Q. If I could take you back to the match-up, when you first employed it, I can imagine you never thought it would become what it's become and that you would stick with it for this long?
COACH HERB SENDEK: That's right. We thought it was a stopgap, something we thought we had to do that year to keep games as close as we could just to be different. We didn't feel like we could match up with anybody and guard them man-to-man. We thought it was stopgap, that it would be a one-and-done, over-with, done-with type of thing, and by our second year we'd hopefully be going back to play man-to-man because it was what we knew and it was what we'd always coach.
Q. I know you said you kind of put things together on the fly. Can you take me through what that process was actually like for you.
COACH HERB SENDEK: I mean, it was just a process of learning what we could do to make it better. When other teams showed what they were going to do to try to attack it, it forced us to rethink things, and that continues to this day. One great thing about our game is there's never a finished product. Your personnel is always changing and the other team's personnel is always changing. So there's always new variables that are introduced as you play the next game. So you're always trying to make things better.
Q. Have you ever coached a player that seems to get beat up as much as Derek does on almost a night-in, night-out basis?
COACH HERB SENDEK: He has taken some shots this year, there's no question about it. I don't know if I could rank him, but I know where you're going. You've seen us play all our games, and he's taken a licking, there's no question about it.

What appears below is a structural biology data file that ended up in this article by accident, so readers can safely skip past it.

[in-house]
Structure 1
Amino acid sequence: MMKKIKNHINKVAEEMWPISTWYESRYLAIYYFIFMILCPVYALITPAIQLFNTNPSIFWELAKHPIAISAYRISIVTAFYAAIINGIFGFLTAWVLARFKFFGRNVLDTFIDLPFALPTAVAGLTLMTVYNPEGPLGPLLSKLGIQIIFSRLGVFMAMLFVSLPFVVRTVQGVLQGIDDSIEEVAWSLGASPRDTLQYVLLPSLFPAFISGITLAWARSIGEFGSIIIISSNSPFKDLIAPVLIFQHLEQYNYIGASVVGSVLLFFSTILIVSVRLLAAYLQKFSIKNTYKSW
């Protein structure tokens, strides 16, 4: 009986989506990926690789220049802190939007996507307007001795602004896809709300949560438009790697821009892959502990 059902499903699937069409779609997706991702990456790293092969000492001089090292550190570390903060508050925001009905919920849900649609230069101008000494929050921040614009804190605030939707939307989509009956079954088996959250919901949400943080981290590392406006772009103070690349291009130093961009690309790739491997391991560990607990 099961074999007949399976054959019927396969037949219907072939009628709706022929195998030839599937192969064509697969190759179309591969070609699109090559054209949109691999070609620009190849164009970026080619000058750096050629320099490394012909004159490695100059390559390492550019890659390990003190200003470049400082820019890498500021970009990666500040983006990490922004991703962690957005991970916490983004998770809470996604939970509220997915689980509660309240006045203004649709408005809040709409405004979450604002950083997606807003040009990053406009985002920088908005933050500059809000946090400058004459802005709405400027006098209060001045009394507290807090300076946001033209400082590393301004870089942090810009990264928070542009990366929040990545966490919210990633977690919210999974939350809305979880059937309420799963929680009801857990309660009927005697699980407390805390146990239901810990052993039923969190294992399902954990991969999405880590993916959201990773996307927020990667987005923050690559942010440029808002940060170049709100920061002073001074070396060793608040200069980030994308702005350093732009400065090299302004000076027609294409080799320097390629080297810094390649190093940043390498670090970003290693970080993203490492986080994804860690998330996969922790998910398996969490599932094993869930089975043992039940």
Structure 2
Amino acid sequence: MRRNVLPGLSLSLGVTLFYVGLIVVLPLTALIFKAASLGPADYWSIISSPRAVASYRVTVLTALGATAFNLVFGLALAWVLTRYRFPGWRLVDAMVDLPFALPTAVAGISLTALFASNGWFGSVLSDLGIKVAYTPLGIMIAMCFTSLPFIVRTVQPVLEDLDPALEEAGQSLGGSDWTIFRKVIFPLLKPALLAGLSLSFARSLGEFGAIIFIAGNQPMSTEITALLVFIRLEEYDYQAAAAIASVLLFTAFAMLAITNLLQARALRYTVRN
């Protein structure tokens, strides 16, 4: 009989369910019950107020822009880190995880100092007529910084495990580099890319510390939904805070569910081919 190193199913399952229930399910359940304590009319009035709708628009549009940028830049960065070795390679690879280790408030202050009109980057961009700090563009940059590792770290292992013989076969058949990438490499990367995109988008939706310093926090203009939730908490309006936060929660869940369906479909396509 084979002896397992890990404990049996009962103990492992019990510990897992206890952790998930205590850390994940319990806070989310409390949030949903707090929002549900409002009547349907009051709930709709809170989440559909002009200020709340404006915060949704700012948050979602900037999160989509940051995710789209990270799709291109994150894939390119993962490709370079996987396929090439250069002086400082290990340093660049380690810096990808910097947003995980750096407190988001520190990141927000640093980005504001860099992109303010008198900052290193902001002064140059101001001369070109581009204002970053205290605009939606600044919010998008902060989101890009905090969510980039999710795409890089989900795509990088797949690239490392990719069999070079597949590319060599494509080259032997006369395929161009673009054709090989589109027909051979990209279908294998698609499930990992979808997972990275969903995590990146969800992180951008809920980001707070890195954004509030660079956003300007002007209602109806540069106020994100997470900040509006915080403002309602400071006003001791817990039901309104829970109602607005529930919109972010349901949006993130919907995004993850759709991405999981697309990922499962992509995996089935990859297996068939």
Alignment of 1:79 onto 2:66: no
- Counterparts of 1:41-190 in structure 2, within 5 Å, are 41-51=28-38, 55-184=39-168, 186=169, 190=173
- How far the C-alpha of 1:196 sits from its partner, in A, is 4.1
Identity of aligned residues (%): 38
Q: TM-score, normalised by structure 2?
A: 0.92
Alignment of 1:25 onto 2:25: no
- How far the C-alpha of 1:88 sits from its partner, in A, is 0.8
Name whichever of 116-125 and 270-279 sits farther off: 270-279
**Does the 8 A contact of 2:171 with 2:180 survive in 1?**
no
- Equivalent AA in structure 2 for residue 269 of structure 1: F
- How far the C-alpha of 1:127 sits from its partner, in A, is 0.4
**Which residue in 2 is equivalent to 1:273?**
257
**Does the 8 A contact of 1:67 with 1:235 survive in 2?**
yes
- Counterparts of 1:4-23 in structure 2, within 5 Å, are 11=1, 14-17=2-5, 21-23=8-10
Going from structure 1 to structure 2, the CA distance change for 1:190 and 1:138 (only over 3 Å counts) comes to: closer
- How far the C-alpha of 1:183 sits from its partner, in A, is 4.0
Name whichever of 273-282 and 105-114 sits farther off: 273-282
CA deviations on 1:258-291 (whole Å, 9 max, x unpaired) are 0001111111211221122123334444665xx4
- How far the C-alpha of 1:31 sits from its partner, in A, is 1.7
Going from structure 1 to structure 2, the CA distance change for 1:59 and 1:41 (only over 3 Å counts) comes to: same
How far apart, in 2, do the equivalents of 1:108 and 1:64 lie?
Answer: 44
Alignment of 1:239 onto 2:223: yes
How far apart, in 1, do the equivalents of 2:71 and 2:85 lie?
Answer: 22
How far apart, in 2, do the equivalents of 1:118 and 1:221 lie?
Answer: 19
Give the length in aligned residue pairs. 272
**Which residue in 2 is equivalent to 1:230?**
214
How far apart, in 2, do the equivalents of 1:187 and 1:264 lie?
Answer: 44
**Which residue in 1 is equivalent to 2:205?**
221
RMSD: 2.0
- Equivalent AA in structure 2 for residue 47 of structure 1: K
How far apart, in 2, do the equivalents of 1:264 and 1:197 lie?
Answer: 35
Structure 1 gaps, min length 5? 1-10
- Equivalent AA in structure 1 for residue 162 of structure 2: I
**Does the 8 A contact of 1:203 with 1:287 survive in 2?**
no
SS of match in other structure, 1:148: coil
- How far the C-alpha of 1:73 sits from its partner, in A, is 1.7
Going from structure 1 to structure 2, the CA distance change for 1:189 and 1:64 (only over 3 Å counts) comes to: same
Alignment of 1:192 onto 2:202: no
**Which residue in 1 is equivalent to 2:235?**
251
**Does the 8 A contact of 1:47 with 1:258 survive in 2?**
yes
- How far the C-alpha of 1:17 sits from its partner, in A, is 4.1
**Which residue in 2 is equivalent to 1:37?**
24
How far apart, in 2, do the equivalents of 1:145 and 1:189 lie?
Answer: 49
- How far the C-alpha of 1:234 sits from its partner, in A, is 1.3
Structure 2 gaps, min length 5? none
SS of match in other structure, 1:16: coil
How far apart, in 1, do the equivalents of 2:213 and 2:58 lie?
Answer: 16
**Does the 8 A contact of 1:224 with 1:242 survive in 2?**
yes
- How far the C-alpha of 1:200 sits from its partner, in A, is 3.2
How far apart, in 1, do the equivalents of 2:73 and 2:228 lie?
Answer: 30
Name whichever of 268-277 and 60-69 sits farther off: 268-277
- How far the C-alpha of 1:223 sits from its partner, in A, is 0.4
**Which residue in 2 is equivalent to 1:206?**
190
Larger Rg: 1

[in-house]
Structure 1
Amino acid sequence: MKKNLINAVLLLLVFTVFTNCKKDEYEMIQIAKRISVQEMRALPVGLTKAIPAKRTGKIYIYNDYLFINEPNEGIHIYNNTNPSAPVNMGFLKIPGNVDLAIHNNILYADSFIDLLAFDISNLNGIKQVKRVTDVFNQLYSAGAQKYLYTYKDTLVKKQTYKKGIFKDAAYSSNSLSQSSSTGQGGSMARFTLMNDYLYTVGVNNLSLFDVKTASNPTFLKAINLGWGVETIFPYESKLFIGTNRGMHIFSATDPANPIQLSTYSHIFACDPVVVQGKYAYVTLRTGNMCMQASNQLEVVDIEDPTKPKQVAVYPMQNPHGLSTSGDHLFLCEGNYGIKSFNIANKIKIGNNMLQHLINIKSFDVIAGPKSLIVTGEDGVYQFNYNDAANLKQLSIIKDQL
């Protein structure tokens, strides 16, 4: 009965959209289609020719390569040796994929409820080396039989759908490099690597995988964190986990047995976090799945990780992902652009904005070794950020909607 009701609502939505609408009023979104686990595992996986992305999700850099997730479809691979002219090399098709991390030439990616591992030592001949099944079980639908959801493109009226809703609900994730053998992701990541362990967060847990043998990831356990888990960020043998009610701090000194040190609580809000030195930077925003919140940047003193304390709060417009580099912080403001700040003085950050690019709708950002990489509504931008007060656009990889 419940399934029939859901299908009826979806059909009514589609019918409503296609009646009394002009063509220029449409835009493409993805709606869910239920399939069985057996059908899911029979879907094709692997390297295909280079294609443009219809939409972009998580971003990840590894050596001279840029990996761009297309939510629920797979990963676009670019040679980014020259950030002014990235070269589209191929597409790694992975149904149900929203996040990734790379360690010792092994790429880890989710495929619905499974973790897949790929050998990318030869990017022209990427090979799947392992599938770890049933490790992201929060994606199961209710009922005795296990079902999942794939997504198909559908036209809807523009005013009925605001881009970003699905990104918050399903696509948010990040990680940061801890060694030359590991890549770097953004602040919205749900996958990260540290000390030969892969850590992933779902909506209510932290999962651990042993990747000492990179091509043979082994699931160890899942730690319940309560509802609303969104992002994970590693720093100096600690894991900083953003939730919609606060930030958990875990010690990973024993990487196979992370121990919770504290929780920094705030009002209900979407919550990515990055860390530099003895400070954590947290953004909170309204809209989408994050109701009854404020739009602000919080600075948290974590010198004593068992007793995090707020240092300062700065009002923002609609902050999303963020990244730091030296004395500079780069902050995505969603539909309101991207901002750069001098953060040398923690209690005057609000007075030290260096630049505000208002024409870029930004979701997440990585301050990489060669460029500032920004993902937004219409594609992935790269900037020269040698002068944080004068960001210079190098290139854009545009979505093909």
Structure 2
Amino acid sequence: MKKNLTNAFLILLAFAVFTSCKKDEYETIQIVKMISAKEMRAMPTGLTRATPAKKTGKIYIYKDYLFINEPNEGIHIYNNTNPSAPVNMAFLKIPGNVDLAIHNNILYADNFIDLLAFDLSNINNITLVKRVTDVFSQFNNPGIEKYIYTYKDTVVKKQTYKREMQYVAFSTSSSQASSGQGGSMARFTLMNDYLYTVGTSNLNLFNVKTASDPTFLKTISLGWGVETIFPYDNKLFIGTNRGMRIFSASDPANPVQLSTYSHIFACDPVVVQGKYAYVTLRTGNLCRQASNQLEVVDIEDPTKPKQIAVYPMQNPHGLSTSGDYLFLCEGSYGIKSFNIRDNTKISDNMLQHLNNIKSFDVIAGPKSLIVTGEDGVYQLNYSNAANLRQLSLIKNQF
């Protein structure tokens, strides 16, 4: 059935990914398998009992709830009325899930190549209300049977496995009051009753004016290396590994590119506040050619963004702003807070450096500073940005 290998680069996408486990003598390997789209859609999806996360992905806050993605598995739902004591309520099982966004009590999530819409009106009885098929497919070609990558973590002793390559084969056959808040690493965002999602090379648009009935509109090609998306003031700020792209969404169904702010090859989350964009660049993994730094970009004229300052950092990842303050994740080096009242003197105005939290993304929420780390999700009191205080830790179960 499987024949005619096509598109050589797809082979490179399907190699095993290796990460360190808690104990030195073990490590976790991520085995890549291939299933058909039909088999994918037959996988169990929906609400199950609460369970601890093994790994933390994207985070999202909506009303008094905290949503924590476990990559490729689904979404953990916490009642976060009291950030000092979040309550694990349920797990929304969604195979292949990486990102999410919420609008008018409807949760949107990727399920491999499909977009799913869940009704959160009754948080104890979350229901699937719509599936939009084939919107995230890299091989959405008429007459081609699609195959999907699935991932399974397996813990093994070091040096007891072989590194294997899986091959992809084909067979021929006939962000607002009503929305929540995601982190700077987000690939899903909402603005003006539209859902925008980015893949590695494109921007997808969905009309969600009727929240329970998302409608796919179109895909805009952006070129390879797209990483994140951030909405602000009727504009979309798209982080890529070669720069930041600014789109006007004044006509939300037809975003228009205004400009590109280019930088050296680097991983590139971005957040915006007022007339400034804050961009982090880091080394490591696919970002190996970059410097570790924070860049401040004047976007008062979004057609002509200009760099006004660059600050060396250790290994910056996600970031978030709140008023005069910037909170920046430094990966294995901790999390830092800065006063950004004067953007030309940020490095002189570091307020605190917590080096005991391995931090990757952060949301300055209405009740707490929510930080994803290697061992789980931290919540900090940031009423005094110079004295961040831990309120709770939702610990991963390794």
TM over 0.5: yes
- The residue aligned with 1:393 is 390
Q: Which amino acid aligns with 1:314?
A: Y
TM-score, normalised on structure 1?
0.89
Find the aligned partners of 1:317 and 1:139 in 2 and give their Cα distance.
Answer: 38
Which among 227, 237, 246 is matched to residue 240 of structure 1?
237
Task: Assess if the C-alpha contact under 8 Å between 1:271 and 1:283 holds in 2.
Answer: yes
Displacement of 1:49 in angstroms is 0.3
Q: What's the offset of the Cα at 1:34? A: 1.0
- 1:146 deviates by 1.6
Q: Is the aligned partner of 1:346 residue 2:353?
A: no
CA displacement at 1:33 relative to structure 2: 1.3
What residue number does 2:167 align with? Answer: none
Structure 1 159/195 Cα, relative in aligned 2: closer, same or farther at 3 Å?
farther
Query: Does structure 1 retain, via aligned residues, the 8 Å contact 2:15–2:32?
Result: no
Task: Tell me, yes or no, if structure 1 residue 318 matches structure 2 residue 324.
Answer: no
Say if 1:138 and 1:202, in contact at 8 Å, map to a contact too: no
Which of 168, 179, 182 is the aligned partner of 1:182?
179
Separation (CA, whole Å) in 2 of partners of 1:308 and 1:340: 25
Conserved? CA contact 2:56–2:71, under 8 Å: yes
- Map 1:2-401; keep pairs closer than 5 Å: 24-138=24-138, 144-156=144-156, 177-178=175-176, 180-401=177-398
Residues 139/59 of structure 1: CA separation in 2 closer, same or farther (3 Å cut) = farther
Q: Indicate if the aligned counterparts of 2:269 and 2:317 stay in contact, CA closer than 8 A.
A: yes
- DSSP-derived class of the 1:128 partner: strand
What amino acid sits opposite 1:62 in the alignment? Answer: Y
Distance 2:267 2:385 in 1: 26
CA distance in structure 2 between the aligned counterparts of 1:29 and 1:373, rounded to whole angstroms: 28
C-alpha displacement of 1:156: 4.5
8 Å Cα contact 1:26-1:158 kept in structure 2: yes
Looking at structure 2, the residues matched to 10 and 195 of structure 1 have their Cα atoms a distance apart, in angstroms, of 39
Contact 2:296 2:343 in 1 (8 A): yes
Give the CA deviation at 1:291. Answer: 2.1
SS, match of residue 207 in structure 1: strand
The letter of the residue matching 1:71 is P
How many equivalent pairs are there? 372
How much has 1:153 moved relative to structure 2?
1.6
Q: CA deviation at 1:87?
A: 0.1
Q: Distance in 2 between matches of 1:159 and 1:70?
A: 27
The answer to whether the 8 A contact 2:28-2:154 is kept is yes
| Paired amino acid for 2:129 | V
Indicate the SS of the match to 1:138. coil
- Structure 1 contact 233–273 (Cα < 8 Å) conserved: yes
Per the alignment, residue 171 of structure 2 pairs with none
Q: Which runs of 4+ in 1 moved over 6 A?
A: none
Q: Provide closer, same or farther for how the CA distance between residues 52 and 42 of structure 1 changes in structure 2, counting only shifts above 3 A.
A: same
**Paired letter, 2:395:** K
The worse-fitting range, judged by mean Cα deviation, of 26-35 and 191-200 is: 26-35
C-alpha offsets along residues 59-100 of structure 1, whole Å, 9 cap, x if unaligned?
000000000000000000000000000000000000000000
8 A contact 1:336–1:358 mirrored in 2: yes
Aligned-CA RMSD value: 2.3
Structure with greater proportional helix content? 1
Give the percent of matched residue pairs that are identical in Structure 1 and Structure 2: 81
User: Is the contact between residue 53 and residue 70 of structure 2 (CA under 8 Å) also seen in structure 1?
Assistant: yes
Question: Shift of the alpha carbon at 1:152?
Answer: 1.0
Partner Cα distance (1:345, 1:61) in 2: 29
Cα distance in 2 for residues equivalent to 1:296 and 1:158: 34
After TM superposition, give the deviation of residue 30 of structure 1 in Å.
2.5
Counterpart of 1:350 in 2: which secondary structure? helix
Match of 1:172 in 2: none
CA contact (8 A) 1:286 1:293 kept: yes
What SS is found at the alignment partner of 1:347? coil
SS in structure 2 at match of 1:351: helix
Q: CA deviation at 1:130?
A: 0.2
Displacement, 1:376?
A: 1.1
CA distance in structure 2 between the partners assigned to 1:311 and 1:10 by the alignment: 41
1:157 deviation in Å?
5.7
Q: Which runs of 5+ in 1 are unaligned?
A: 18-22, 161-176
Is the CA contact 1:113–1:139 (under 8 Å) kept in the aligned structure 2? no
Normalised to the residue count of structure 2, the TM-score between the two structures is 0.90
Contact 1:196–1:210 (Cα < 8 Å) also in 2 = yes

Q. What does that say about his toughness?
COACH HERB SENDEK: He's a tough guy, and not just physically. He's a mentally strong young man. He, I think, really has demonstrated that exceptionally well down the home stretch of this season.
Q. Two things if I may: First, to follow up on the last question, I guess he's had a bad tailbone issue for a few days, when he goes down in a heap and is back up on the court a minute later, does that give the other four guys on the court a real boost seeing that every time he gets hit, he pops back up?
COACH HERB SENDEK: I think all those kinds of things can be contagious. If you're a leader and show a measure of toughness and have grit, that can have a real positive influence on your team.
Q. And the second going back to the zone if I may: When you first went to it, was one of the concerns about it was that a lot of players -- it doesn't seem like it's always taught well at the high school/AAU level, that a lot of coaches have said players can be lazy in it. Was that a big concern? And how crucial is your transition D in that in getting back to set up the zone? How vital is that just to start it?
COACH HERB SENDEK: I don't think man or zone has anything to do with it. I've seen teams, including our own, be lazy playing man-to-man. You can be lazy playing anything if you want, or you can play whatever defense you choose well. I don't see that as being unique to zone.
I know on a number of occasions through the years our team has played man-to-man and I've been upset with our effort and energy level from time to time.